Bye, Bye Facebook

The Big Bad Ban is Coming

The ban is coming back.  It is a long favoured tool of centralist authoritarian governments; it was well favoured by the previous Labour regime.  The most recent Labour leader, Helen Clark tried to ban incandescent light bulbs, long showers, and human kindness.  The present aspiring Labour regime is promising to bring out the big ban all over again.  But bans associated with global warming are so passe.  Now the ban is going to go after the really big fish.  Labour is talking about banning the internet.

Normally one associates such draconian controls with totalitarian countries, such as China, North Korea, or Saudi Arabia.  Labour wants New Zealand to join these esteemed ranks.  This, from 3News:

The Labour Party has put forward a possible solution to force multi-national corporations to pay more tax – ban them from the internet.  It says the Government should first talk with companies like Facebook, but if that doesn’t work it is important to have a backup, something Labour is describing as a credible threat. Facebook is the world’s largest social network by far, but pays little tax here in New Zealand.  “The Government should always have in its back pocket the ability to ban websites,” says Labour revenue spokesman David Clark.

Let’s unpack this a bit.  Labour is claiming that banning websites should be a stock-in-trade power of government.  It should keep such power in its back pocket all the time.  Then, let’s consider Facebook (since it is named).  Millions of kiwis have Facebook accounts.  Since Facebook is an international conglomeration, what is really being proposed is that kiwis will have their Facebook accounts blocked by the government, not that Facebook will be banned from the internet.   New Zealanders will be banned from using Facebook.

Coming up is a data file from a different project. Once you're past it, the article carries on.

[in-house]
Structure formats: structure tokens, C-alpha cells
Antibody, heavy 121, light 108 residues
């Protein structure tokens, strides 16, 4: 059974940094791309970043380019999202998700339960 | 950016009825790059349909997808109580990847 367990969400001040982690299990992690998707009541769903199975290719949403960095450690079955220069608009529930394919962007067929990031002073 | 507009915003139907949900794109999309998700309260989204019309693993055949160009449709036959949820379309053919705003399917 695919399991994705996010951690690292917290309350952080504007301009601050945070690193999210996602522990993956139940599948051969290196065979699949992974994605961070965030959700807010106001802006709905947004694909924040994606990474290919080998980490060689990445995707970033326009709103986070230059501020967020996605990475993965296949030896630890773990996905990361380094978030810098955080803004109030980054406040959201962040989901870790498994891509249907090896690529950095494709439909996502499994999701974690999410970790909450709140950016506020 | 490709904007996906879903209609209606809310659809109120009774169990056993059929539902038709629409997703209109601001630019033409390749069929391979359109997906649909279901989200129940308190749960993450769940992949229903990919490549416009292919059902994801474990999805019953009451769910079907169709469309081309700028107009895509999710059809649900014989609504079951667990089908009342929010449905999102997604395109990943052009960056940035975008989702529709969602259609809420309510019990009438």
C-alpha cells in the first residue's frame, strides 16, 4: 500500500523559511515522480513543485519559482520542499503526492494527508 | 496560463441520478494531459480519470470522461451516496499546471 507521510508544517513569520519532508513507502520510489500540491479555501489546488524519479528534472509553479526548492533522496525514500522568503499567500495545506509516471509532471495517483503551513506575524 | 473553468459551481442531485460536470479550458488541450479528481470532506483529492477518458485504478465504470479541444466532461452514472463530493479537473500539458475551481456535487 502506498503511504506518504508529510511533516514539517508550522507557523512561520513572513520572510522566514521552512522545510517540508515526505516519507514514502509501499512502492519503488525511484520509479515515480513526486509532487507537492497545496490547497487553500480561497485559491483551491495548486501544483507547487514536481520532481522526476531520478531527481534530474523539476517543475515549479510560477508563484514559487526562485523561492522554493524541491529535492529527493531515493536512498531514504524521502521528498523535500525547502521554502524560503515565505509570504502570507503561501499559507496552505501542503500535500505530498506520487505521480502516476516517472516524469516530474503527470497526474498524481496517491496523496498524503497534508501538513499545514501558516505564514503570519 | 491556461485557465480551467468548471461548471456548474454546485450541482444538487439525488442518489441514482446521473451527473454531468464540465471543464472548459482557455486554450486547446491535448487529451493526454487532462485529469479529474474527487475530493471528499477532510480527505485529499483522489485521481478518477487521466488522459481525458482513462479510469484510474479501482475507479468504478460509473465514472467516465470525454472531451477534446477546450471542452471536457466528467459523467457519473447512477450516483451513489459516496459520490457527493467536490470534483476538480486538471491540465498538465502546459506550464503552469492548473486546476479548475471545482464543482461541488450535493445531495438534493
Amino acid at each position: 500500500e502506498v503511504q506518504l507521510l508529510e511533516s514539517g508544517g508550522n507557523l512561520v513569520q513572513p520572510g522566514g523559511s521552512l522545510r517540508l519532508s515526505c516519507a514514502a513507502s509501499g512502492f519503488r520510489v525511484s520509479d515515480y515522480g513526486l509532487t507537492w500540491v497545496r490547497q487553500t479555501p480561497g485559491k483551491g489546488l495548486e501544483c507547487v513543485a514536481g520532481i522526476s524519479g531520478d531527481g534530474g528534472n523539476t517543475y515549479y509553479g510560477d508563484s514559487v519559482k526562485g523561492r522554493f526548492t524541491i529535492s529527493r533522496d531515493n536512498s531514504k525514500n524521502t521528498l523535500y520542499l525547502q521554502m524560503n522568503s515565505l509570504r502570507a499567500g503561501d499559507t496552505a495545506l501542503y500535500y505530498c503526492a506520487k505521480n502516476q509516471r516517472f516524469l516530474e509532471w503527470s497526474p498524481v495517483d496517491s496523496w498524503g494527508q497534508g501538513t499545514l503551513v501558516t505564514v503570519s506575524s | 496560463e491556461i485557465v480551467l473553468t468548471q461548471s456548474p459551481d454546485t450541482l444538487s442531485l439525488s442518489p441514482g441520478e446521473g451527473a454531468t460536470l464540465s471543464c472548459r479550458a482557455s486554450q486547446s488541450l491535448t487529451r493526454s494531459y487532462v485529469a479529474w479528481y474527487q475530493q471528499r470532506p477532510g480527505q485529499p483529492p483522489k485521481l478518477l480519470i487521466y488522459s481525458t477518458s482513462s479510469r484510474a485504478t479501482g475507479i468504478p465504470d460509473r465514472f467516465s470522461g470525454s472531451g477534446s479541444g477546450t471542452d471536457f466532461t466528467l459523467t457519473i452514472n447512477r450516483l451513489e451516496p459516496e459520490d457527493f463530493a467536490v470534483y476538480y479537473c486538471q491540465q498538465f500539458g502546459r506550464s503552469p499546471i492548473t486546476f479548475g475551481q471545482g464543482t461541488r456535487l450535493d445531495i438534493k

That would not be an attack upon Facebook; it would be an attack upon the liberties of New Zealand citizens. 

Secondly, Labour’s revenue spokesman, David Clark has a justification for such drastic totalitarian controls and abuse of power: he says paedophile sites are banned regularly:

“Paedophile websites are banned the world around,” says Mr Clark.

So, companies engaged in lawful business are guilty of crimes equivalent to paedophilia.  What subterranean world do these people inhabit, one wonders.  But no paying enough tax–that’s a crime is it not.  Well, if the government says so–but it has to say so subject to law. There are tax laws in New Zealand last time we checked.  There are also international tax treaties where nations agree how income earned across borders shall be treated and taxed. 

So either Facebook is subjected to such treaties, or it is not.  If not, then it can be legally prosecuted by any number of governments in countries where it operates.  If it is subject to such international tax agreements and it is still not paying “enough” then ordinarily countries will sit down and attempt to renegotiate the respective tax treaties.  That’s the lawful way things are done. 

Why the big brouhaha over Faceboo?.  Well financial guru, David Clark says that Facebook “made” $790,000 in New Zealand in 2012.  But, after expenses it made a loss.  So it only paid $28,000 in tax.  And the problem is . . . ?  Can our dear Mr Clark be confusing revenue and gross income with profit.  Is he really suggesting that New Zealand companies should be made to pay tax even when they are losing money and making no profits?  That’s what he is implying.  For if the principle be just with respect to Facebook, it must be equally just for the corner dairy.

Naturally, Labour’s political opponents wound up their mockery meters at this startling disemboguement from Labour’s revenue spokesman, who by any measure must be a few sandwiches short of a picnic:

But Finance Minister Bill English says “frankly, that sounds nuts”.
“Fine print, he’s going to close down Facebook,” says Prime Minister John Key. “That’ll be interesting.”

Indeed. 

Of course this silly notion will be swatted away by lunchtime.  But it reveals a familiar mindset in Labour–the same mindset that led them to want to ban sugar, fatty foods, tobacco, light bulbs and bad breath.  Americans call it Bloombergism.  We call it Clarkism.  If Labour is elected it will soon show that it has plans–for all of us–and its most favoured tool will be “the ban”. 

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